timeline3

So if it wasn’t for the couple leaving the restaurant in downtown Chandler, I never would have met these three women (who, it turns out, were very interested in my wife’s romance novels).

But if it wasn’t for the two teenagers from Tempe headed to the movies in Chandler, I never would have met the tipsy couple who spent a few very silent minutes in the back seat really enjoying each others’ company.

And so on, and so on. Each piece of the timeline is dependent on the one that came immediately before it.

So yeah, I drive this area often. But I never know when.

In the immortal words of the character Morpheus from the sci-fi thriller “The Matrix,” a movie filled with multiple timelines:

“After this there is no turning back. You take the blue pill the story ends, you wake up in your bed and you believe whatever you want to. You take the red pill you stay in Wonderland and I show you how deep the rabbit hole goes.”

redpill

PS – If after reading, you’re inspired to give Lyft driving a try, make sure to use a driver referral bonus when you first fill out the applicationUse code MIKE17396 and we will both enjoy a bonus for rides you give during your first month. (You don’t need to drive in Phoenix for the code to work.)

Up-Lyfting: Denzel Washington gives bad dudes a wild ride in ‘Equalizer 2’

Rideshare has hit the big time. It’s now a plot element in a major movie, “Equalizer 2,” starring Denzel Washington as a retired CIA operative hiding in plain sight as a Lyft driver. It was the weekend’s top-grossing movie.

This isn’t the type of movie I would normally head out to see, especially since it’s a sequel to a flick I never saw. But a few weeks ago, Lyft began making references to it in its weekly promotional emails to drivers. It may be the first film to feature rideshare so prominently in its plot.

So…when the film opened Friday, I made a point to see it on opening weekend and drop a mini-review into this space, a place normally reserved for my own real-life stories of what happens when the car doors close.

Not having seen the original wasn’t really a problem. It’s an action flick. So what came before isn’t that important. But I have to admit it was a hoot to see Denzel behind the wheel, finger tapping the pink countdown circle on his phone, which indicates you’re accepting a new ride. lyftscreenBut, like any other movie trying to tease out reality, there were a few technical flaws. Actual names come up with the pink countdown circle, like in this image from the film—not the generic word “Passenger” that’s shown in another scene. And drivers don’t see their ratings from passengers after a ride (the only feedback comes in a fairly generic weekly email that may or may not include a single quoted passenger comment). I have to admit, that scene was a hoot and needed to be handled that way to get the laugh.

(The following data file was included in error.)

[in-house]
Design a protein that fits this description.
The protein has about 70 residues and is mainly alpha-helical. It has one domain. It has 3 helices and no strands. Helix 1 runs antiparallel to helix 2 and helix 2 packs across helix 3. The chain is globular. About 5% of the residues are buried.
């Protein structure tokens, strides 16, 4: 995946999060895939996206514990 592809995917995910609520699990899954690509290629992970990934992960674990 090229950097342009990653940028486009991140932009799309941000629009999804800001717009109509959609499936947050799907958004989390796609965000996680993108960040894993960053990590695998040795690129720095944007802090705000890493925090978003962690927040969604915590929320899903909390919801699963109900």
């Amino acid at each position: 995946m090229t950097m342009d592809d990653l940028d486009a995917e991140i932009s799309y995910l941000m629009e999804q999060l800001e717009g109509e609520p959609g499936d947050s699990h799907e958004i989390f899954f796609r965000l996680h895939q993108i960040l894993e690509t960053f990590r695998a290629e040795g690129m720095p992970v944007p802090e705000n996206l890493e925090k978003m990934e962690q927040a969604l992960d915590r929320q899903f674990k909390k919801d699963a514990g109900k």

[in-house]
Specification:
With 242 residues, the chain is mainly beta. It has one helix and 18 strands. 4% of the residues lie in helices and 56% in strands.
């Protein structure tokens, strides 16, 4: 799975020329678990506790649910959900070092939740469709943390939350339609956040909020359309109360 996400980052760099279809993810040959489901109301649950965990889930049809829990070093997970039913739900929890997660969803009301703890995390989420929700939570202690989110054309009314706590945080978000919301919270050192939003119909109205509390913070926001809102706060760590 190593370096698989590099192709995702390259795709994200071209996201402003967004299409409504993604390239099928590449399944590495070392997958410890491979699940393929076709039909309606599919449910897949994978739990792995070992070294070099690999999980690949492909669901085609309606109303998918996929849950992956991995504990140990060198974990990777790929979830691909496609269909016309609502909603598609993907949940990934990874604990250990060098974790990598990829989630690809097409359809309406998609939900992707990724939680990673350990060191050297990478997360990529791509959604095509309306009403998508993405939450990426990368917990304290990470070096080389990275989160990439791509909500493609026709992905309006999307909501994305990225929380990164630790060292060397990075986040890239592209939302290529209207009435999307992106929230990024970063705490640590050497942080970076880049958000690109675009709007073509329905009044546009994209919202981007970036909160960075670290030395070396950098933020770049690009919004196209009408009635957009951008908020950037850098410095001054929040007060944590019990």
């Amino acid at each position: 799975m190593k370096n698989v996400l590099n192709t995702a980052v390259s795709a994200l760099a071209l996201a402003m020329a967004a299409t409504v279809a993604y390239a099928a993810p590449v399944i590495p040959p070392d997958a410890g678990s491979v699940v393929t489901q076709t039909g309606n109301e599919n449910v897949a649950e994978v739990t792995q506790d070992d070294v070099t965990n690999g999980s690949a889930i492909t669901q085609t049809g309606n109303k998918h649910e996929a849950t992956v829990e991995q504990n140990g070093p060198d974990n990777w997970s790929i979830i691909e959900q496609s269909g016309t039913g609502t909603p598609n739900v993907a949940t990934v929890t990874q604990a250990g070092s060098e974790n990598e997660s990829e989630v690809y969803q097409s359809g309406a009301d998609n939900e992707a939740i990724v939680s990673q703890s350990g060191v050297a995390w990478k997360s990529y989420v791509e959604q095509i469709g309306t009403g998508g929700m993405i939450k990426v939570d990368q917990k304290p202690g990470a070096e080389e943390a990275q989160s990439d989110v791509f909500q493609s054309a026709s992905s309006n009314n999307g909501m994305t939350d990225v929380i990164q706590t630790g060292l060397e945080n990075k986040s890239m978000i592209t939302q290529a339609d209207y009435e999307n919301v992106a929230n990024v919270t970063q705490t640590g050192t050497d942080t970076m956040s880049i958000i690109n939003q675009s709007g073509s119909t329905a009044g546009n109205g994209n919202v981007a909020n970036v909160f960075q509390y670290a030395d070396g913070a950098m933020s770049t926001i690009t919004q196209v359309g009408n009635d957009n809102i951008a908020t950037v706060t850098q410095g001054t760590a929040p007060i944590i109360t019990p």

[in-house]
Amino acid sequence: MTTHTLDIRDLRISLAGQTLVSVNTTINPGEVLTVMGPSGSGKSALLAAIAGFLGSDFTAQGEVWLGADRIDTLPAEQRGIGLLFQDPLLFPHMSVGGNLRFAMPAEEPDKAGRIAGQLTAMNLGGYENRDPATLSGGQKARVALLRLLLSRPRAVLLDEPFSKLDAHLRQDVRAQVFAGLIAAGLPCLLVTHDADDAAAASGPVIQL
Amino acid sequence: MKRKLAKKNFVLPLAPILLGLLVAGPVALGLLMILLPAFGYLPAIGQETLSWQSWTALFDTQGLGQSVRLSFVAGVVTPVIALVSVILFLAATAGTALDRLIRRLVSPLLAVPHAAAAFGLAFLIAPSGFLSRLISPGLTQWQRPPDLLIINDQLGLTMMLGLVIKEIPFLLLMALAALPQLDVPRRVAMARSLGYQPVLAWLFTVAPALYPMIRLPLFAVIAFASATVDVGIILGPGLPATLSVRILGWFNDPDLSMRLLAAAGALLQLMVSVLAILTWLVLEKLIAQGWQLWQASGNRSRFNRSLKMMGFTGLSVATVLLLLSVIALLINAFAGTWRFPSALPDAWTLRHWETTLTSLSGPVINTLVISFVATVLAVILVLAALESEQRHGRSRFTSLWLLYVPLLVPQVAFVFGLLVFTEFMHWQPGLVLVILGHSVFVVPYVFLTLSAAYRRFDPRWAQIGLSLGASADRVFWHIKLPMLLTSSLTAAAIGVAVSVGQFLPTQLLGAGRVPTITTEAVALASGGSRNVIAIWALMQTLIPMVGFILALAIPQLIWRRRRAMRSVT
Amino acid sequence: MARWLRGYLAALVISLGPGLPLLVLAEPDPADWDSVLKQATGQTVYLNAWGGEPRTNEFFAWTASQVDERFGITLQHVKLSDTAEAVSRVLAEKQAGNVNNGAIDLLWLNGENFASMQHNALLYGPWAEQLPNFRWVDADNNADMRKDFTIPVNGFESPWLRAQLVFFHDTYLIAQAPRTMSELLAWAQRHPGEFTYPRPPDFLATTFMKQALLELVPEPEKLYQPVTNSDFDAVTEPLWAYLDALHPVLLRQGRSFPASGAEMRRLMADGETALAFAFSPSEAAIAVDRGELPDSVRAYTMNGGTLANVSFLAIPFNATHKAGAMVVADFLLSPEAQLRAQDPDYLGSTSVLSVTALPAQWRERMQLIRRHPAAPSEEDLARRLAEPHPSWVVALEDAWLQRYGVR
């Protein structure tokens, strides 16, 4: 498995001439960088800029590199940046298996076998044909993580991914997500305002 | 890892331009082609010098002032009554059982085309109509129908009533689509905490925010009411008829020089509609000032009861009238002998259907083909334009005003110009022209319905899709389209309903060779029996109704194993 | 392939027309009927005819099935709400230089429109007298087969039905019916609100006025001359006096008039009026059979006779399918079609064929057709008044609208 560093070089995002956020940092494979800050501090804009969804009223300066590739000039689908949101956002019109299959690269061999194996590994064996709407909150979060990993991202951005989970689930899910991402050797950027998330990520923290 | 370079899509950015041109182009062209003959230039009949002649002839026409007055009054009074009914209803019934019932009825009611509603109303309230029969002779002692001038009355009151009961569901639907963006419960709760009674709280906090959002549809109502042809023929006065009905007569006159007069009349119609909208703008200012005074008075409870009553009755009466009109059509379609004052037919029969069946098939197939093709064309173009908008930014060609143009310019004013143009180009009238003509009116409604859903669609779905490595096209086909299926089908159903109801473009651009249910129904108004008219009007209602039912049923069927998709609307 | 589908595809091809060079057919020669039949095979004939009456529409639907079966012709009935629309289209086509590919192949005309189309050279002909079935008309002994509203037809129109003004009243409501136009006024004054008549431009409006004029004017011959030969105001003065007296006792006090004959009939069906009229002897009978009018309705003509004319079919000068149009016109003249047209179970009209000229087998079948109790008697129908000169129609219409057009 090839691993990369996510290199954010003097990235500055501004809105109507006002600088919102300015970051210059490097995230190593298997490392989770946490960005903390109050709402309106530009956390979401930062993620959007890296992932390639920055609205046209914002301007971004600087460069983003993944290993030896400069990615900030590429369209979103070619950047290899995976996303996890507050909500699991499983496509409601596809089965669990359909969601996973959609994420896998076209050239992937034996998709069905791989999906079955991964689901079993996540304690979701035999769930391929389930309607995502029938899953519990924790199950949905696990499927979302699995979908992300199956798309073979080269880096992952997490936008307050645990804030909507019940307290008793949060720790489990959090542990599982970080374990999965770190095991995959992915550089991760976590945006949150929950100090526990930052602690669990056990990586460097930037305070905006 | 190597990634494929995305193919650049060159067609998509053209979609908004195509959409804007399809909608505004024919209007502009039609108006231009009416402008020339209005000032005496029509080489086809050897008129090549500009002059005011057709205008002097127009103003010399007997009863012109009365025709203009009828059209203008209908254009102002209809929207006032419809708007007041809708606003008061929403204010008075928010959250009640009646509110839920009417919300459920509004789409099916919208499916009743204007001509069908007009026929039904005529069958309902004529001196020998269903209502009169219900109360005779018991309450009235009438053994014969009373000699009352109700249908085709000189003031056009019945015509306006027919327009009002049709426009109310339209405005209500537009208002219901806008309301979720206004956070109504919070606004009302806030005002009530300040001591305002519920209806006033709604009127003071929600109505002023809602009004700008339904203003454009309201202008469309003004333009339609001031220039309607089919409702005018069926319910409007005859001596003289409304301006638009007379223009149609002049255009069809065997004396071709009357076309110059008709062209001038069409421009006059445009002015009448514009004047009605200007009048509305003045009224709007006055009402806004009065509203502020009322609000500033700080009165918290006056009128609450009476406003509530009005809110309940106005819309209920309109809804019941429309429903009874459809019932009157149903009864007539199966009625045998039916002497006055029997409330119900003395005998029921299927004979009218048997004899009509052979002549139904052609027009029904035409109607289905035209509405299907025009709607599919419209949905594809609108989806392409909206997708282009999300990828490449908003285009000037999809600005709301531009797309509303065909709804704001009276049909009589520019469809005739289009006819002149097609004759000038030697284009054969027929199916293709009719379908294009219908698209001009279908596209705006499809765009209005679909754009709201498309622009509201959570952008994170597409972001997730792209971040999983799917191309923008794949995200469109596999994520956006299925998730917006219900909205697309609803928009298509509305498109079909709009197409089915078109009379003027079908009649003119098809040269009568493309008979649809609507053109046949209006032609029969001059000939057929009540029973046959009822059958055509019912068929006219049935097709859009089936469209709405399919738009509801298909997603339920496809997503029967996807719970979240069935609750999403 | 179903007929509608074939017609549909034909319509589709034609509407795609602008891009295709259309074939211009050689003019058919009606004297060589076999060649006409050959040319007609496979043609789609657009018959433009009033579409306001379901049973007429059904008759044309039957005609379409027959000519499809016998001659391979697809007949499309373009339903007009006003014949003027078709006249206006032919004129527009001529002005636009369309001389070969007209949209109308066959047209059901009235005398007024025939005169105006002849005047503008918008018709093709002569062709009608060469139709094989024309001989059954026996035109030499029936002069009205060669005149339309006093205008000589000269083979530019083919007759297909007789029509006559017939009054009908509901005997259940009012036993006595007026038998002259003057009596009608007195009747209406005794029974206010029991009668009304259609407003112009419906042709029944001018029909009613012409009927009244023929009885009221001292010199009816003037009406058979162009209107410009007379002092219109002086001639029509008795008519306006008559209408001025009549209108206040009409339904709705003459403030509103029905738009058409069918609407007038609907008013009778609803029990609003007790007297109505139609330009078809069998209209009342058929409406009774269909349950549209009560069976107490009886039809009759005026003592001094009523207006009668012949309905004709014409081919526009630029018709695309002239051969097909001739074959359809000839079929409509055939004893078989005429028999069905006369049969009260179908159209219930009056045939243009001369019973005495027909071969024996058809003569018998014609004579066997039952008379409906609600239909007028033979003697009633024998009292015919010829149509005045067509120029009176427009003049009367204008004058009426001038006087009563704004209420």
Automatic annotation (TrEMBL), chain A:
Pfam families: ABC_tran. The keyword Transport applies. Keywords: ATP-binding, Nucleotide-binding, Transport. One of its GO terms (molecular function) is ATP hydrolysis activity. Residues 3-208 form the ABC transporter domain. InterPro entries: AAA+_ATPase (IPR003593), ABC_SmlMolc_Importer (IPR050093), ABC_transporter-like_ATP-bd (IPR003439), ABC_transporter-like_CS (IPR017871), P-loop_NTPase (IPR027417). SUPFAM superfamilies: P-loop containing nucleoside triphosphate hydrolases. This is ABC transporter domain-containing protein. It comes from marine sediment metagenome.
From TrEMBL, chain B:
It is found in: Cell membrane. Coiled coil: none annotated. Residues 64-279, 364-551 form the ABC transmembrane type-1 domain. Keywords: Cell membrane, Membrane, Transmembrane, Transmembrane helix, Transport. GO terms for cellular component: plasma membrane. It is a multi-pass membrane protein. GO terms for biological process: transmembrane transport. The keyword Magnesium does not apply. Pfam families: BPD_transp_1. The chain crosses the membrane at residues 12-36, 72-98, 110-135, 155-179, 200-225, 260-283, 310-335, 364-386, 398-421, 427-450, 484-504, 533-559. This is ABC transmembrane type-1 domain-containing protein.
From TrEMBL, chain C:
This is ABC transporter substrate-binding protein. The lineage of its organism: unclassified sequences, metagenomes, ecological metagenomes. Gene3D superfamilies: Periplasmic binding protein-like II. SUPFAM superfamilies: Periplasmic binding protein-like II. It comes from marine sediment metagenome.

My favorite parts? A mashup sequence of Denzel listening to a variety of riders’ personal stories as they talked on their phones in the back seat, oblivious to the fact someone was in the front seat listening to everything.

Best of all was a scene where he realizes the passenger in the back seat (below) is actually an assassin trying to take him out. (The guy never complains when Denzel starts driving away from Boston’s Logan Airport, revealing he’s more interested in attacking our hero than making his flight on time).

equalizer2

The protracted knife fight struggle inside the car with this dude that follows may be channeling every Lyft driver who’s ever had a really difficult passenger. Suffice it to say our hero dispatches him effectively.

equalizer4.png

So Lyft is having its 15 minutes of fame. Even though in the movie, the Lyft scenes barely take up 15 minutes of time.

The majority of the film is boiler-plate action flick, heavy on hand-to-hand fight sequences, standard thriller memes and a protracted epic gun battle in the middle of a hurricane ravaging an evacuated beach town, something that would only seem plausible if executed by protagonist and black ops character Scot Harvath in a Brad Thor novel (Yeah, I’m a fan).

My takeaway: Lyft drivers will like it. Uber drivers will just be pissed they got passed up for the co-starring role. For everyone else, it’s a standard three-of-five star experience. Fine summer fare on the big screen if you don’t have big expectations, but just as good on the small screen when it makes its way to HBO or Netflix in a few months.


If you’re inspired to give Lyft driving a try, make sure to use a driver referral bonus when you first fill out the application. Use code MIKE17396 and we will both enjoy a bonus for rides you give during your first month. You don’t need to drive in Phoenix for the code to work.

The top 5 reasons people say they choose Lyft over Uber

One of the most common questions passengers ask — right after “How long have you been driving for Lyft?” — is whether I drive only for Lyft, or both Uber and Lyft. (I only do the latter.)